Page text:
Three seasons in and Tim Allen’s Last Man Standing is still one of the funniest comedies on television. You read that right. A Tim Allen comedy about a father whose jokes come at the expense of his wife, socialists, hippies, Democrats, racial stereotypes, progressive family structures and big government is one of the funniest shows you’ll watch on TV. Not to mention one of its most rebellious. It’s traditional in every sense of the word; it still boasts a laugh track, the seemingly long lost “this show was filmed in front a live studio audience” intro and of course, many cranky old and traditional values and beliefs.
So why does this make it funny? Because the show isn’t afraid to be unpopular in its ways, and it has no qualms about being tuned in to the seemingly unhip demographic of Middle America; the constant butt of redneck Bible Belt jokes. The show runs against the grain of 2014’s vast landscape of politically correct, progressive and undeniably modern brand of comedy and for it, Last Man Standing should be given some credit for being the lone survivor amongst TV’s PC police. Through its history, the genre has been both a barometer of safe and wildly revolutionary and as time moves on, comedies are seeing a progression in the characters they portray and the stories they tell. Ellen was a landmark moment for Gay and Lesbian acceptance on mainstream television (at least one of its starting points) while shows like The Cosby Show and The Jeffersons broke down stereotypical racial barriers. The success of shows like Modern Family proves that audiences were ready to progress alongside and as the audiences continued to embrace real life characters in 20-30 minute sitcoms, we’re able to see that television is better for it.
What about the show that rebels against these principles but does it without the sneer of hate or discrimination?
As political correctness and progressive ideology become the norm for success on television, Last Man Standing has somewhat quietly stood back from the forward pack and have cut themselves a piece of traditional amongst the vastly left-wing agenda of modern comedy (in this brief interview, Tim Allen speaks about the show “pushing buttons”). Is left-wing comedy unfunny? No, of course not, but there are times when Last Man Standing seems to be the only comedy on TV unafraid to make a joke firmly at the crossroads of Barry Goldwater and Hillary Clinton (in a recent episode Tim Allen’s character Mike Baxter responds to his wife’s quip that “Hilary Clinton used to be a Goldwater girl in 1964”, with “so, Satan used to work for God, what’s your point?”). Their continued mocking of big government, communism and free handouts side by side with light misogyny, sexism and stereotypes certainly is not progressive, but in the show’s writers seem to do so with a big tongue-in-cheek.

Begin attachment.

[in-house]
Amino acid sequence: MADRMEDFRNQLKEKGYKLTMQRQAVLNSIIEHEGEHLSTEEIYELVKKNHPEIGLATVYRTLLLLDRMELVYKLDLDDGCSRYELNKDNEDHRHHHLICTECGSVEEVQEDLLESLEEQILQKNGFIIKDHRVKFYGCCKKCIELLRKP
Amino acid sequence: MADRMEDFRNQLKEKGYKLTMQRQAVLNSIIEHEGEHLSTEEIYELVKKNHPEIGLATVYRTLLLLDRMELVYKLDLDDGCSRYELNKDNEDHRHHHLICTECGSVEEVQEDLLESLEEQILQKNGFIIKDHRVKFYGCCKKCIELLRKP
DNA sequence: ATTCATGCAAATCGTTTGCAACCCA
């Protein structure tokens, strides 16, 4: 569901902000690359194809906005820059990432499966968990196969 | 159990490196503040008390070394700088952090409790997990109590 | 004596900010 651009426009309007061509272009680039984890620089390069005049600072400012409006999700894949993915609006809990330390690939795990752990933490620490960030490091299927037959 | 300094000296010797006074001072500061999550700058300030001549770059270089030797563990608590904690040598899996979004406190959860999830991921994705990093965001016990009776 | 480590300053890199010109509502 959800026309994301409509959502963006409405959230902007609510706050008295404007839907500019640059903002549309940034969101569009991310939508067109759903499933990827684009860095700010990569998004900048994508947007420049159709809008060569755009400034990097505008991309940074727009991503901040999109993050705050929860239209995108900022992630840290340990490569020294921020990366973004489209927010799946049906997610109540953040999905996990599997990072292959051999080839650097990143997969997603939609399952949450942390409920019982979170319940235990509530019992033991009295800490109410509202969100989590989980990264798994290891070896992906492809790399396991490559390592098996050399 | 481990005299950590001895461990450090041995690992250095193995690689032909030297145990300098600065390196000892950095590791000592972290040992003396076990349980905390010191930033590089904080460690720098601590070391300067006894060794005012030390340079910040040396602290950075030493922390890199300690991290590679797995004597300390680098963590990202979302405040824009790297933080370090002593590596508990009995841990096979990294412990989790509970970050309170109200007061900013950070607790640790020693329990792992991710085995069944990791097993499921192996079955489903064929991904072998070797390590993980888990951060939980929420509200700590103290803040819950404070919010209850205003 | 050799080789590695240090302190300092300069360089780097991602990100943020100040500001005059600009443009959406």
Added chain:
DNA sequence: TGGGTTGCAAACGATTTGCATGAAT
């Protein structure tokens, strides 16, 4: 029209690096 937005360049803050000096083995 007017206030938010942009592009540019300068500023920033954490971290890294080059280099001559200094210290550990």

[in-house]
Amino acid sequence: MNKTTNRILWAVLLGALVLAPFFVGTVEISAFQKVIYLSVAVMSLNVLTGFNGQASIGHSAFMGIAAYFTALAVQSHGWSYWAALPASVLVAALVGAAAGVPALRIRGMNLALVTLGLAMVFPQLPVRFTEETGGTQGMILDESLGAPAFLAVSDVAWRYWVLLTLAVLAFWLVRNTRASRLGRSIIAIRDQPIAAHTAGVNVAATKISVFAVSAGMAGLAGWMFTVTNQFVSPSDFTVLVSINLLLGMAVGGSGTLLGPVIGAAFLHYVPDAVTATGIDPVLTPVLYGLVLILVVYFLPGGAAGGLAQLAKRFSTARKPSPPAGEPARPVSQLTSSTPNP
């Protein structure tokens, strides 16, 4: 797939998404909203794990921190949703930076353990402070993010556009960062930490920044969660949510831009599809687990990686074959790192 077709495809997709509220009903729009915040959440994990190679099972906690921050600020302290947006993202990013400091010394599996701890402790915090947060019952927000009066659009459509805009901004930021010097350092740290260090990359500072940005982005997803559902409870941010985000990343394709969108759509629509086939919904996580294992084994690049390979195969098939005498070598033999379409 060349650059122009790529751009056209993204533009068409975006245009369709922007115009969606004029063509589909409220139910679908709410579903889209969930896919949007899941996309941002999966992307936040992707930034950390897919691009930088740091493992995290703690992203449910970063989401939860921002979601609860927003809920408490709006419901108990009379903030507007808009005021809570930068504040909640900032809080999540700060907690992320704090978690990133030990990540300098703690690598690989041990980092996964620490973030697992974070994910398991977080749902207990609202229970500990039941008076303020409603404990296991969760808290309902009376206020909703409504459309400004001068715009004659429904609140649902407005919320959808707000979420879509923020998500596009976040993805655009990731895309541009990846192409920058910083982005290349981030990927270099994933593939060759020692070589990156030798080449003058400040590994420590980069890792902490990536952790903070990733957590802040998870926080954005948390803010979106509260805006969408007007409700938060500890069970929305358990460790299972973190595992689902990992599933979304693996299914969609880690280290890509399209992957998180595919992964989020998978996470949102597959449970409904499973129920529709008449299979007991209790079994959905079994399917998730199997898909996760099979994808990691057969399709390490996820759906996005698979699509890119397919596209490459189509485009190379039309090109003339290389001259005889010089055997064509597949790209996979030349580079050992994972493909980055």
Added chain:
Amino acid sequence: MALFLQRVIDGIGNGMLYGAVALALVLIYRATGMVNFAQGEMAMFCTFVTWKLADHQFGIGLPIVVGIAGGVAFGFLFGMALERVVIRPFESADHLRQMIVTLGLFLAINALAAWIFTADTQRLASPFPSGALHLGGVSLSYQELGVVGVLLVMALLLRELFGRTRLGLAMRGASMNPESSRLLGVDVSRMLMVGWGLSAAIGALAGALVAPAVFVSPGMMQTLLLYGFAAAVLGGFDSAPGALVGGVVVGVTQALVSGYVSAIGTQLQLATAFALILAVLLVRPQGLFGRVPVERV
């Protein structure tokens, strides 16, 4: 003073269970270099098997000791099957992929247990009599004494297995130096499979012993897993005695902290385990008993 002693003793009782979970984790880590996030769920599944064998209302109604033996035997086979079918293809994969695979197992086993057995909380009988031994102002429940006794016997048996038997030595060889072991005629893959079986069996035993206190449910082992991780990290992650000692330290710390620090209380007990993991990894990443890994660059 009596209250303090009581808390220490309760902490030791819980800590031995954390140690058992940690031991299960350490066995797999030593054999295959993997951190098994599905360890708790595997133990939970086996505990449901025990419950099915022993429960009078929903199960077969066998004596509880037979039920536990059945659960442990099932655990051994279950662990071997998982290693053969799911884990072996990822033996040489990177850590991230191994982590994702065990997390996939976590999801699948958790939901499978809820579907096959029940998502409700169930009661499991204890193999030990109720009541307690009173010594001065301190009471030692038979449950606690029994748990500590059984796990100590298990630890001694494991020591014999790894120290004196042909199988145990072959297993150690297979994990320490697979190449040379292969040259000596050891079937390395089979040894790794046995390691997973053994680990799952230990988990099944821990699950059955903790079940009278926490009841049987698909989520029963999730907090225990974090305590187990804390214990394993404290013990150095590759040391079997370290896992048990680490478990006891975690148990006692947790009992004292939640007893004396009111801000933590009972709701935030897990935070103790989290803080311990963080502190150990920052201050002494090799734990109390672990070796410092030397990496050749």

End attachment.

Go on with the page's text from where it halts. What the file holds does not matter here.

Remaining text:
In a way, Tim Allen’s character is a self-parodying anecdote of traditional versus progression. He’s your average, successful American entrepreneur who believes in working hard for yourself and your family. He loves football, guns, fishing and hates free handouts. Yet, he’s surrounded in his home by the four women in his family who are a mix of left wing to right, from deep to shallow. Much of his chagrin comes from this- not in a negative way- in a contrasting one. The once popular traditionalism of his kind has become the minority in the new America and while he’s not struggling with it, he won’t back down from a good jibe.
It’s rebellious yet harmless, old school but relevant. And who is to say that one can’t enjoy the comedic touch of popularly acclaimed shows like Parks and Recreation or Community, but at the same time enjoy some good old fashioned laughs in Last Man Standing?
Progressive comedy can be draining, and with CBS often relying too much on hyper sexualized fare, it’s great that there’s a comedy that is self-aware of its place in society today. Last Man Standing is proof that funny works both ways.